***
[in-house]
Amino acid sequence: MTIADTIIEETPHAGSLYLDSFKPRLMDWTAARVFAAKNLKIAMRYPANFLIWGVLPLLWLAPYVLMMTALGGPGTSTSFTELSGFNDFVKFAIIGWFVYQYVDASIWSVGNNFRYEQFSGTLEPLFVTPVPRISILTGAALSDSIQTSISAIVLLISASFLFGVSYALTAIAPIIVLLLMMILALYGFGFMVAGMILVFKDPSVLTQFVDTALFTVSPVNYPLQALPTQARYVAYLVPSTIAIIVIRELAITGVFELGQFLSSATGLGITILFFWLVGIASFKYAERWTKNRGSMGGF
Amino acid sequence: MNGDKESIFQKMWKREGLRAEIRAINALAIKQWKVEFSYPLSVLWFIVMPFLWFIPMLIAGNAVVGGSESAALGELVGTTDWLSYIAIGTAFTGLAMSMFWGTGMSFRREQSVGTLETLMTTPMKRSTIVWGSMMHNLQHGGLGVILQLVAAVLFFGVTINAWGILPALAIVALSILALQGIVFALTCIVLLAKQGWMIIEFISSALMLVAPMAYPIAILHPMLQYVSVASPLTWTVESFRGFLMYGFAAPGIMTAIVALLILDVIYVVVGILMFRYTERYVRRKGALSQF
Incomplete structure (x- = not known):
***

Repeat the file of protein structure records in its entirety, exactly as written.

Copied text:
[in-house]
Amino acid sequence: MTIADTIIEETPHAGSLYLDSFKPRLMDWTAARVFAAKNLKIAMRYPANFLIWGVLPLLWLAPYVLMMTALGGPGTSTSFTELSGFNDFVKFAIIGWFVYQYVDASIWSVGNNFRYEQFSGTLEPLFVTPVPRISILTGAALSDSIQTSISAIVLLISASFLFGVSYALTAIAPIIVLLLMMILALYGFGFMVAGMILVFKDPSVLTQFVDTALFTVSPVNYPLQALPTQARYVAYLVPSTIAIIVIRELAITGVFELGQFLSSATGLGITILFFWLVGIASFKYAERWTKNRGSMGGF
Amino acid sequence: MNGDKESIFQKMWKREGLRAEIRAINALAIKQWKVEFSYPLSVLWFIVMPFLWFIPMLIAGNAVVGGSESAALGELVGTTDWLSYIAIGTAFTGLAMSMFWGTGMSFRREQSVGTLETLMTTPMKRSTIVWGSMMHNLQHGGLGVILQLVAAVLFFGVTINAWGILPALAIVALSILALQGIVFALTCIVLLAKQGWMIIEFISSALMLVAPMAYPIAILHPMLQYVSVASPLTWTVESFRGFLMYGFAAPGIMTAIVALLILDVIYVVVGILMFRYTERYVRRKGALSQF
Incomplete structure (x- = not known):